An *estimator* is a specific function of the random samples, of a random
variable, that statistically represents a true unknown mean. If x is a
random
variable with an associated distribution and an unknown mean, then
the function X(x_{1}, x_{2}, x_{3},...,x_{n}) is an estimator of the unknown
mean. The set {x_{1}, x_{2}, x_{3},...,x_{n}} consists of
n independent random samples selected from
the probability density distribution of x. A good estimator should be
unbiased, consistent, and efficient [Bow72]. An estimator is *unbiased* if its
expected value equals the true mean, , i.e.,

(17) |

**Collision Estimator**:

The collision estimate of K for an active batch is:

(18) |

i = all collisions for a particle in regions where fission is possible;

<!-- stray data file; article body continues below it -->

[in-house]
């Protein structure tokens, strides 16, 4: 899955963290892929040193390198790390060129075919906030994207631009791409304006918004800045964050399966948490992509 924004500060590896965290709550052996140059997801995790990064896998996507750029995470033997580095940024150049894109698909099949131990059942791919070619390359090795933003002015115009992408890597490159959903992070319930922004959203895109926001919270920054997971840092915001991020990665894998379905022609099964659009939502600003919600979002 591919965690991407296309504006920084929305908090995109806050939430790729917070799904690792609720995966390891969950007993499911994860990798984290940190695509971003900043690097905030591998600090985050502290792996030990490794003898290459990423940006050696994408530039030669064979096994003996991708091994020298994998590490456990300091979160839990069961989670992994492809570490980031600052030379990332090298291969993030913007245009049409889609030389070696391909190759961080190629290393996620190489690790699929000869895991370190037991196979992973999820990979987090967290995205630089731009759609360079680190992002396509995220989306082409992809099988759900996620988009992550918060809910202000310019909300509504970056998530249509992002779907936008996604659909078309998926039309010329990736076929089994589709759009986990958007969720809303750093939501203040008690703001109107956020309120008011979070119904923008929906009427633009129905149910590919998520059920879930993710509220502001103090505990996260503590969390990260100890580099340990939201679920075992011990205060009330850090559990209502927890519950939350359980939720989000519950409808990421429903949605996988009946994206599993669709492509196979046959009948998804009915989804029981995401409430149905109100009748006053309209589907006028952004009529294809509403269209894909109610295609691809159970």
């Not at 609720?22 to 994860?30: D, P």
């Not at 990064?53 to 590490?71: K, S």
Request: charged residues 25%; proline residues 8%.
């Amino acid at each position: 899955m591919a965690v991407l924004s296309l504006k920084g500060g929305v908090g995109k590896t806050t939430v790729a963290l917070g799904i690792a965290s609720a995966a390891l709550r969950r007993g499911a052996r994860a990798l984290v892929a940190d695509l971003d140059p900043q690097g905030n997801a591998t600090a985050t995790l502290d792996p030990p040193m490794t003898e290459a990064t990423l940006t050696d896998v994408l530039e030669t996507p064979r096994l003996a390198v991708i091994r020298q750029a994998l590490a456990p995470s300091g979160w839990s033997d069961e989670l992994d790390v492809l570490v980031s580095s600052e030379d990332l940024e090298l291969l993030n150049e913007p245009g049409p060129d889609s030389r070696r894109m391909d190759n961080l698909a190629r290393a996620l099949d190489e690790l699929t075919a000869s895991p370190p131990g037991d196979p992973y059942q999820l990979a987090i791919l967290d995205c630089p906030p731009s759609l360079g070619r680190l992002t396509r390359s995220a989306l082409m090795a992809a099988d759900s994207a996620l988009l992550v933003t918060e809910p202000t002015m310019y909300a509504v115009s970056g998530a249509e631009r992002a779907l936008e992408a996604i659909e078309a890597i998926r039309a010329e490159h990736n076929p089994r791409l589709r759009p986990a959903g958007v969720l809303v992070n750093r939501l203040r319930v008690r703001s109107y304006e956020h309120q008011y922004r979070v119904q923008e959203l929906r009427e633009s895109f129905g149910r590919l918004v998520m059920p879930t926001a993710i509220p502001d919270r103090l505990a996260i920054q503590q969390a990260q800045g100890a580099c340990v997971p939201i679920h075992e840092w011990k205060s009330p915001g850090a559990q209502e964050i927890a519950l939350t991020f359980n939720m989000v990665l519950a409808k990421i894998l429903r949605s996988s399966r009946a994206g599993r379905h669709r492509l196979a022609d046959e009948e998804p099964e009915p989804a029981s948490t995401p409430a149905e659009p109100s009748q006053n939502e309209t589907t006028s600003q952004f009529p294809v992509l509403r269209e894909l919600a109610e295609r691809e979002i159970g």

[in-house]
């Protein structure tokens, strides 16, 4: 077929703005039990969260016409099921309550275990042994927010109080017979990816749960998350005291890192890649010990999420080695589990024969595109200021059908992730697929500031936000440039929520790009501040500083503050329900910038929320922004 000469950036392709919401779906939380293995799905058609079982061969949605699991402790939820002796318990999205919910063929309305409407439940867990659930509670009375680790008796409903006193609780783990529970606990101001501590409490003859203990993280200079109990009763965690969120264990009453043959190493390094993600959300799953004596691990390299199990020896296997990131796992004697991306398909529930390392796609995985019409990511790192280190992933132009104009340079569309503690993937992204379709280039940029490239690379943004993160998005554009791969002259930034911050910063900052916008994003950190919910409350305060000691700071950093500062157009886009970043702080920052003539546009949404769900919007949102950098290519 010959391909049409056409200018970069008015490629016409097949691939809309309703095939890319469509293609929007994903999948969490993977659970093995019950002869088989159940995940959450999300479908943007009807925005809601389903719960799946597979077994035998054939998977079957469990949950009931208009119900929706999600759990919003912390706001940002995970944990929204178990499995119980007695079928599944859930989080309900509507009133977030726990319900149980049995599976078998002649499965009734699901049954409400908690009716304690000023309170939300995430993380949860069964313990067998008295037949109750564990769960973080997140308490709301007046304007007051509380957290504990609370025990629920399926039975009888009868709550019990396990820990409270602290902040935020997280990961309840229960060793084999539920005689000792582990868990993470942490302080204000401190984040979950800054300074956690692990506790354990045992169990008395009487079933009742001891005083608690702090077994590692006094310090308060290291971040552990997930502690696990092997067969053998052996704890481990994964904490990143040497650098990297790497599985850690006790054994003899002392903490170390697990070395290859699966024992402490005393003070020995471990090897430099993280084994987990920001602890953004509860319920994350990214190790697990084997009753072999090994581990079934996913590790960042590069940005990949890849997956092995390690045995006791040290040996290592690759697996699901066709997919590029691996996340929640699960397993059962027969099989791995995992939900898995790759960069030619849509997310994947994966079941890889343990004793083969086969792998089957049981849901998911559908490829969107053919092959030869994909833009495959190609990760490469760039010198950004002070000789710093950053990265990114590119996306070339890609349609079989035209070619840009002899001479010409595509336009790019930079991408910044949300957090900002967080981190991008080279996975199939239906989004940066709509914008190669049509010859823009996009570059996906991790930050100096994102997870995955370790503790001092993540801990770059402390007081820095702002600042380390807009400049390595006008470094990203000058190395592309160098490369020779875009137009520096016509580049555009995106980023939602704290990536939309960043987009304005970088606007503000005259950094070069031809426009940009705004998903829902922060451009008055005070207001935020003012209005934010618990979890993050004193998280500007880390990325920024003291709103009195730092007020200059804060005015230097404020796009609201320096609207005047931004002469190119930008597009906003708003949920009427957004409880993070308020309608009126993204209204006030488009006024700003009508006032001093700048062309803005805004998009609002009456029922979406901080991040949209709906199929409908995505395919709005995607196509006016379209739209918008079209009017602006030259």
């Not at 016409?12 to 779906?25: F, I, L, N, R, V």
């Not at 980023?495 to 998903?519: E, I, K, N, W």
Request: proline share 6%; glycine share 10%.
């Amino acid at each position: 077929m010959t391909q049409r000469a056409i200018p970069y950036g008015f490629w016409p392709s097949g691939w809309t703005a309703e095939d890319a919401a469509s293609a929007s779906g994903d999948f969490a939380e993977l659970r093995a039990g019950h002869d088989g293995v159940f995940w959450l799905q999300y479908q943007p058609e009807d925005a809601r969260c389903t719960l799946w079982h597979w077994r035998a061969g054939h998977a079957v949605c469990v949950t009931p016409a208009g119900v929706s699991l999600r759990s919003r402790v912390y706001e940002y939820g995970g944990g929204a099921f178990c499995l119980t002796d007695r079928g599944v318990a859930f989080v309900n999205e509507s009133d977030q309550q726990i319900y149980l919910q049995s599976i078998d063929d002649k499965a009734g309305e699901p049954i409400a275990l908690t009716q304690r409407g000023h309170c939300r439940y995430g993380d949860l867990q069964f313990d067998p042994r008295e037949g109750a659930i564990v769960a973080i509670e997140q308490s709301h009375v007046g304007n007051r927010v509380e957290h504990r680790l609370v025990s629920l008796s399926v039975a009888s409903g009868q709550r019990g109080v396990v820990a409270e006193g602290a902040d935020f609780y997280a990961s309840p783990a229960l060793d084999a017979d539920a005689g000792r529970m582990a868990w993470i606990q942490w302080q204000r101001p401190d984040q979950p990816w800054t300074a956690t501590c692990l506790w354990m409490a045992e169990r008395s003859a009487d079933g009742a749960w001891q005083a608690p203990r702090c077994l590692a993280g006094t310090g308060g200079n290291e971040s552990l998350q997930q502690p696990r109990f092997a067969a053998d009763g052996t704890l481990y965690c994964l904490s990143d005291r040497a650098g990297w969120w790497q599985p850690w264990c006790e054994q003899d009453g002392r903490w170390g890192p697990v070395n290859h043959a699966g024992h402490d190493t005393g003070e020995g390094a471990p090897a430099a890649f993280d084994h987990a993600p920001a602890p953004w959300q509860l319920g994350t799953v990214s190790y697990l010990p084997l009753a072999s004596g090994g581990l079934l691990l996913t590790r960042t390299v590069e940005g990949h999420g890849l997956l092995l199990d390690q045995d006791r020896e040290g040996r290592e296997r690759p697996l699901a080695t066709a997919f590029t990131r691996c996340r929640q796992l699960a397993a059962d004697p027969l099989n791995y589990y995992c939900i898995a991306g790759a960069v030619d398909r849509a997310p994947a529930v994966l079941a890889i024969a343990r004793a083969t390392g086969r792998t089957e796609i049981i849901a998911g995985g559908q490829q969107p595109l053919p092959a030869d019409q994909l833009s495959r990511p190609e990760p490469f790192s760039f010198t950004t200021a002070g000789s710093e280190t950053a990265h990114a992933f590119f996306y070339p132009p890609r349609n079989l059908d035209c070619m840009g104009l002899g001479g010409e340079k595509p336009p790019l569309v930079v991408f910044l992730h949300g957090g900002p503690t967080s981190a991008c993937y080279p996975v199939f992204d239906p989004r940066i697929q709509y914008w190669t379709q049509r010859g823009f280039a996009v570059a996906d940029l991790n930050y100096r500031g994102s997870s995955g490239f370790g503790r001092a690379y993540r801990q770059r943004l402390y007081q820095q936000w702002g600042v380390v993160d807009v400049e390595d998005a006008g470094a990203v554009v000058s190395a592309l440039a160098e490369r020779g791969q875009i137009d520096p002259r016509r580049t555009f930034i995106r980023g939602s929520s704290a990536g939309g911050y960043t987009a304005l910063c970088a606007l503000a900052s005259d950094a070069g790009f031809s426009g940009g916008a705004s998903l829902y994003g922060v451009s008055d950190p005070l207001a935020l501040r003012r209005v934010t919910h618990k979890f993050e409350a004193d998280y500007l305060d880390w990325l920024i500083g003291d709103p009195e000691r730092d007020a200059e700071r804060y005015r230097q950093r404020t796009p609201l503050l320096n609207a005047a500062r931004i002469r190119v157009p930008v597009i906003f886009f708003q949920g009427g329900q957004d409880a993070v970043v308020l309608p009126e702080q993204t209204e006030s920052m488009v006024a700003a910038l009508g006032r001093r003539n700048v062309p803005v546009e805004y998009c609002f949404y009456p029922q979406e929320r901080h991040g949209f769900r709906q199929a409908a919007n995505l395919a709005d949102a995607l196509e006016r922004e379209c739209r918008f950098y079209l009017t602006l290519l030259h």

j = all source particles for a batch;

N = number of source particles for a batch; and

Then the quantity in equation (2.18) is the expected number of neutrons to be produced from a fission process in collision i. Hence K

**Absorption Estimator**:

The absorption estimator of K for an active batch:

(19) |

i = an analog capture event; and

= macroscopic absorption cross section.

**Track Length Estimator**:

The track length estimator for K is given by,

(20) |

d = track length segment;

i = all track length segments,d, for a particle; and

j = all source particles for a batch.

In criticality calculations at the end of each batch (or fission generations) an estimate of K is produced by each of these three estimators. The final K estimator of each type is the average over many batch K estimates. Recent studies [Urb95a] have suggested that a combination of the three estimators to be the best K estimate available. In our research work we have used the collision estimator for all criticality and perturbation calculations. It should be emphasized that for Monte Carlo criticality calculations, the final result is not a point estimate of K, but rather a confidence interval.